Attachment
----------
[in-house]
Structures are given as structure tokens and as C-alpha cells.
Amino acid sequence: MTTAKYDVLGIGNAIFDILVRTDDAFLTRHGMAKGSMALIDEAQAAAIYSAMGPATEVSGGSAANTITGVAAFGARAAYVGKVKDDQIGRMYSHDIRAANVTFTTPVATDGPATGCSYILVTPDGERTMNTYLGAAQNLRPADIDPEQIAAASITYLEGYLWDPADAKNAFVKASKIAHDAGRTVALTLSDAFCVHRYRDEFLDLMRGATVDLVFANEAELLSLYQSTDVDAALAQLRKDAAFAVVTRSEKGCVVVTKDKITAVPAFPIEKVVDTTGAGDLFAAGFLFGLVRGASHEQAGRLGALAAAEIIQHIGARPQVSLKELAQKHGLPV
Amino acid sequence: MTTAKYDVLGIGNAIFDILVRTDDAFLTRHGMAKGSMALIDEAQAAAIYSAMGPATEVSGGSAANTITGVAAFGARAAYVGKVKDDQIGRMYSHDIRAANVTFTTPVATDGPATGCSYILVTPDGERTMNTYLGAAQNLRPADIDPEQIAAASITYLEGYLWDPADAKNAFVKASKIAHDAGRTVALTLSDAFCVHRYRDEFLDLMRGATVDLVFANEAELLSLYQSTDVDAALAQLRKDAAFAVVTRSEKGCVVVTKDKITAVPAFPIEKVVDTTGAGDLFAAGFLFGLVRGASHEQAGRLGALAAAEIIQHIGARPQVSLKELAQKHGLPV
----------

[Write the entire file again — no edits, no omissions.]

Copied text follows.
[in-house]
Structures are given as structure tokens and as C-alpha cells.
Amino acid sequence: MTTAKYDVLGIGNAIFDILVRTDDAFLTRHGMAKGSMALIDEAQAAAIYSAMGPATEVSGGSAANTITGVAAFGARAAYVGKVKDDQIGRMYSHDIRAANVTFTTPVATDGPATGCSYILVTPDGERTMNTYLGAAQNLRPADIDPEQIAAASITYLEGYLWDPADAKNAFVKASKIAHDAGRTVALTLSDAFCVHRYRDEFLDLMRGATVDLVFANEAELLSLYQSTDVDAALAQLRKDAAFAVVTRSEKGCVVVTKDKITAVPAFPIEKVVDTTGAGDLFAAGFLFGLVRGASHEQAGRLGALAAAEIIQHIGARPQVSLKELAQKHGLPV
Amino acid sequence: MTTAKYDVLGIGNAIFDILVRTDDAFLTRHGMAKGSMALIDEAQAAAIYSAMGPATEVSGGSAANTITGVAAFGARAAYVGKVKDDQIGRMYSHDIRAANVTFTTPVATDGPATGCSYILVTPDGERTMNTYLGAAQNLRPADIDPEQIAAASITYLEGYLWDPADAKNAFVKASKIAHDAGRTVALTLSDAFCVHRYRDEFLDLMRGATVDLVFANEAELLSLYQSTDVDAALAQLRKDAAFAVVTRSEKGCVVVTKDKITAVPAFPIEKVVDTTGAGDLFAAGFLFGLVRGASHEQAGRLGALAAAEIIQHIGARPQVSLKELAQKHGLPV